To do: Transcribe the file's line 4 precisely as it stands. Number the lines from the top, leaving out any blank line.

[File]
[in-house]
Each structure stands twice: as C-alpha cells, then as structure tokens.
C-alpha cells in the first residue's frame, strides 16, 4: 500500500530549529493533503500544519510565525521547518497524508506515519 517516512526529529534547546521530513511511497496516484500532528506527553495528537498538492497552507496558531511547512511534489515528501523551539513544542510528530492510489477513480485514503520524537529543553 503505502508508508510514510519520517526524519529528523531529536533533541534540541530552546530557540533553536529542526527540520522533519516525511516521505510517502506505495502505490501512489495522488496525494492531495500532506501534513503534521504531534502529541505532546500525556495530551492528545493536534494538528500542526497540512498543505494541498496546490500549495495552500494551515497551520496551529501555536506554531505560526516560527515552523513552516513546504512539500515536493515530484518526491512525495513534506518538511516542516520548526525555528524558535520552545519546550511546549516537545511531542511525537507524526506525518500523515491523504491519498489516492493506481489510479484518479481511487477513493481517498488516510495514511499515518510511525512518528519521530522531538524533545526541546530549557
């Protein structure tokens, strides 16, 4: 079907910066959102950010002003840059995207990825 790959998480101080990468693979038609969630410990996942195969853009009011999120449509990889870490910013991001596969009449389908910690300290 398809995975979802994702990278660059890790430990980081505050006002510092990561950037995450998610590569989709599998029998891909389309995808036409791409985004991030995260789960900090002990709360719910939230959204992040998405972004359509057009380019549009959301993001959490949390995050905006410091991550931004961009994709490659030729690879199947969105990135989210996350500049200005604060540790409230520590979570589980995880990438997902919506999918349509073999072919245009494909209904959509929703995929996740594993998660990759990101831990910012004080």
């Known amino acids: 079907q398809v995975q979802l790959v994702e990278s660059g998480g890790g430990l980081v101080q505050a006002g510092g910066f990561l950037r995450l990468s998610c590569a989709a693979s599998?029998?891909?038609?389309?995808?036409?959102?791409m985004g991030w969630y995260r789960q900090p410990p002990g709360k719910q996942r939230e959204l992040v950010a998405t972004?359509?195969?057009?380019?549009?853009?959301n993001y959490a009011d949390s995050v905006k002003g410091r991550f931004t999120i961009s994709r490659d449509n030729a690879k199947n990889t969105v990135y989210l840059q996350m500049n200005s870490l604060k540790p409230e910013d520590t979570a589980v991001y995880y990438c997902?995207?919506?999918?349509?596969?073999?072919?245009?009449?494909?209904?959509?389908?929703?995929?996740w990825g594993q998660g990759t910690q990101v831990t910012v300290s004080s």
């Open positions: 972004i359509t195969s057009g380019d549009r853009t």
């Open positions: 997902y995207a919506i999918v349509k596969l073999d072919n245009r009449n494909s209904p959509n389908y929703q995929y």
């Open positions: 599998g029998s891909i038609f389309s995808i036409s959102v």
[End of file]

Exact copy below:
């Protein structure tokens, strides 16, 4: 079907910066959102950010002003840059995207990825 790959998480101080990468693979038609969630410990996942195969853009009011999120449509990889870490910013991001596969009449389908910690300290 398809995975979802994702990278660059890790430990980081505050006002510092990561950037995450998610590569989709599998029998891909389309995808036409791409985004991030995260789960900090002990709360719910939230959204992040998405972004359509057009380019549009959301993001959490949390995050905006410091991550931004961009994709490659030729690879199947969105990135989210996350500049200005604060540790409230520590979570589980995880990438997902919506999918349509073999072919245009494909209904959509929703995929996740594993998660990759990101831990910012004080």